GENESEO, N.Y. — The sounds of her teammates and the splashes from the pool bring a smile to Megan Palmer's face.
It's her first time back on the blocks for a practice swim in a few weeks since an illness sidelined her. In years past, that would have been enough to make her anxious about how much work she had to put in just to get back to her PB (personal best.) But now, she swims easily, happy to be back, swimming for herself.
"It’s our life,” Palmer said. “It’s what we love. And a lot of times you want to perform to the best of your ability for those people. And because you fell in love with that game or that sport at an early age, sometimes that pressure gets too much."
The mental health of student athletes is something Megan's more aware of than ever. She overlooked it through the first half of her life.
"We have been asked since the young age of like 5 or 6 to push through everything mentally and physically," she said.
Megan admits she suffers from anxiety and OCD. She recognizes it was born in the early success she had as an athlete, from being a rocket-armed shortstop who earned four varsity letters and All Greater Rochester status at Fairport High, to her record-breaking interscholastic career as a varsity swimmer
"The success that I had early on and to live up to, that you know I always had to do, like, everything perfect. And it was just weighed down on me a lot, and I honestly, like, really struggled," said Palmer. "I had always just to push through everything not even giving a thought to anything else like how I was feeling. It was just about the score, about the game, about the race."
Sports psychologists see the pressure rise in student athletes as they climb the ranks of their individual sports. New research shows one in five collegiate athletes suffers from anxiety, depression or another form of mental health challenge.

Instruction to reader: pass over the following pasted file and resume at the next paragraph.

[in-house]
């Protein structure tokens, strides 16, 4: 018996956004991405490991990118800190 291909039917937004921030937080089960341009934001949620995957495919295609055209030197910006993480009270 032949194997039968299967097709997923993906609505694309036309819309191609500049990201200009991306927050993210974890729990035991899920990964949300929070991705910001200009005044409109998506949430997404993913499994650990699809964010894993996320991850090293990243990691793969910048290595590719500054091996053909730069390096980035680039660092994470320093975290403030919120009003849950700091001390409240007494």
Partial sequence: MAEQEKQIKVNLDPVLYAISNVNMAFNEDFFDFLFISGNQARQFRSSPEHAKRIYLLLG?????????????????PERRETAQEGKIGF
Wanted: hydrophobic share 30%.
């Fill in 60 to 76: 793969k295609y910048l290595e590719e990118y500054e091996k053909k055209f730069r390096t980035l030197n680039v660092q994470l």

"When you get into real sports athletes there’s always that need an urge to be number one, you know, bringing the name for the school,” said Tharaha Thavakumar, a mental health therapist. “So it’s a huge anxiety and stressor for them. And they love it. And some people do love traveling. But I think it’s just trying to find that balance. If we are putting pressure for the kids to do well, we should also give them some space to actually take a break."
The break for Megan can come from her emotional support cat, Phinneas, or swim team housemates at SUNY Geneseo. And while she keeps up with her studies, Meg also contributes to Geneseo student athlete mentoring program, or SAM.
"I think it's great and it really helps," said Palmer.
Six times a year, she and 32 other SUNY Geneseo upperclassmen will meet up with four or five first-year students assigned to them. They help them understand why it’s not just enough to tough it out when mental illness challenges you.
Megan knows most will want to obscure their feelings at first
"You don’t want to share them because they’ll be overlooked,” she said. “And, like, we’re expected to push through so you don’t want to like look weak."
"It’s OK to not be OK," said Lauren Sposili, a student athlete mentor.
"They’re always there,” said SUNY Geneseo freshman Jordan Nielsen. “They like to talk to you. Make you sure you’re on the right track. Like, he’ll ask us to push through. Especially since it’s been a hard year with COVID. We always have each other."
"So just having our athletes have someone to talk to his outside of their team to give them an extra perspective is really great," SAM student coordinator Angela Van Pelt said
"I think that as a society we have that right like we always have to be number one in whatever we do,” said Thavakumar. “So that competition is always there. That anxiety is always there. I’ve been just trying to realize that we are putting that pressure on, right? Like where do we want our sports to go?"
For more information on sports and mental health, and to learn about resources available near you, head to athletesforhope.org.